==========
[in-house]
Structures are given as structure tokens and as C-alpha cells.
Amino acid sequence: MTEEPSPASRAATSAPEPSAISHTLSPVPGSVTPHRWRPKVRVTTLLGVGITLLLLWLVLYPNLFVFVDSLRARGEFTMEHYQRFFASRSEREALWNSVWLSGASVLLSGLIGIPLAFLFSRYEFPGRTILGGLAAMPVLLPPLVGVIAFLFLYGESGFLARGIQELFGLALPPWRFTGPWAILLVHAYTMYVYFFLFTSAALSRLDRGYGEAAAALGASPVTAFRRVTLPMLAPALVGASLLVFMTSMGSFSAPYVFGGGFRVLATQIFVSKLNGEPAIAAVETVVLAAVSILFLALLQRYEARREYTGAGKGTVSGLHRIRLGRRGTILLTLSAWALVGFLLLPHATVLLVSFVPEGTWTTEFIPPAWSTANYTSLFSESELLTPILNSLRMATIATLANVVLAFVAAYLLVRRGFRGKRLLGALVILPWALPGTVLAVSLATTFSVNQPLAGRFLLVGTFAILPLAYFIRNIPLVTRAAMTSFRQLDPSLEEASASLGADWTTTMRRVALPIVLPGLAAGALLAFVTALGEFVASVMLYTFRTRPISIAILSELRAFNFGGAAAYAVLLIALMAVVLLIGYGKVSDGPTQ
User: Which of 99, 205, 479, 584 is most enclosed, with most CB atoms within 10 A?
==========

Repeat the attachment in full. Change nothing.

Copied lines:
[in-house]
Structures are given as structure tokens and as C-alpha cells.
Amino acid sequence: MTEEPSPASRAATSAPEPSAISHTLSPVPGSVTPHRWRPKVRVTTLLGVGITLLLLWLVLYPNLFVFVDSLRARGEFTMEHYQRFFASRSEREALWNSVWLSGASVLLSGLIGIPLAFLFSRYEFPGRTILGGLAAMPVLLPPLVGVIAFLFLYGESGFLARGIQELFGLALPPWRFTGPWAILLVHAYTMYVYFFLFTSAALSRLDRGYGEAAAALGASPVTAFRRVTLPMLAPALVGASLLVFMTSMGSFSAPYVFGGGFRVLATQIFVSKLNGEPAIAAVETVVLAAVSILFLALLQRYEARREYTGAGKGTVSGLHRIRLGRRGTILLTLSAWALVGFLLLPHATVLLVSFVPEGTWTTEFIPPAWSTANYTSLFSESELLTPILNSLRMATIATLANVVLAFVAAYLLVRRGFRGKRLLGALVILPWALPGTVLAVSLATTFSVNQPLAGRFLLVGTFAILPLAYFIRNIPLVTRAAMTSFRQLDPSLEEASASLGADWTTTMRRVALPIVLPGLAAGALLAFVTALGEFVASVMLYTFRTRPISIAILSELRAFNFGGAAAYAVLLIALMAVVLLIGYGKVSDGPTQ
User: Which of 99, 205, 479, 584 is most enclosed, with most CB atoms within 10 A?